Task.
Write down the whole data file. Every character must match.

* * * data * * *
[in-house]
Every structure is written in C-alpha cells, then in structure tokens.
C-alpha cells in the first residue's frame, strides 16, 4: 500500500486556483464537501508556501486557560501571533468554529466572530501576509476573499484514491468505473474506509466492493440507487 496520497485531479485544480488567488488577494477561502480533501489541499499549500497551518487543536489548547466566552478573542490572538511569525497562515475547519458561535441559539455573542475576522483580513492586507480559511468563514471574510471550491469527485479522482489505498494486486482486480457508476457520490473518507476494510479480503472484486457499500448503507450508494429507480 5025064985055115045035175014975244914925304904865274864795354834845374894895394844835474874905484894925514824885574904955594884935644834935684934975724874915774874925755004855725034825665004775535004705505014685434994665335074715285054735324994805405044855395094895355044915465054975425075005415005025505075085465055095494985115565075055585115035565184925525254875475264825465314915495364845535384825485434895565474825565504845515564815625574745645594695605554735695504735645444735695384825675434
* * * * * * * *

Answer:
[in-house]
Every structure is written in C-alpha cells, then in structure tokens.
C-alpha cells in the first residue's frame, strides 16, 4: 500500500486556483464537501508556501486557560501571533468554529466572530501576509476573499484514491468505473474506509466492493440507487 496520497485531479485544480488567488488577494477561502480533501489541499499549500497551518487543536489548547466566552478573542490572538511569525497562515475547519458561535441559539455573542475576522483580513492586507480559511468563514471574510471550491469527485479522482489505498494486486482486480457508476457520490473518507476494510479480503472484486457499500448503507450508494429507480 5025064985055115045035175014975244914925304904865274864795354834845374894895394844835474874905484894925514824885574904955594884935644834935684934975724874915774874925755004855725034825665004775535004705505014685434994665335074715285054735324994805405044855395094895355044915465054975425075005415005025505075085465055095494985115565075055585115035565184925525254875475264825465314915495364845535384825485434895565474825565504845515564815625574745645594695605554735695504735645444735695384825675434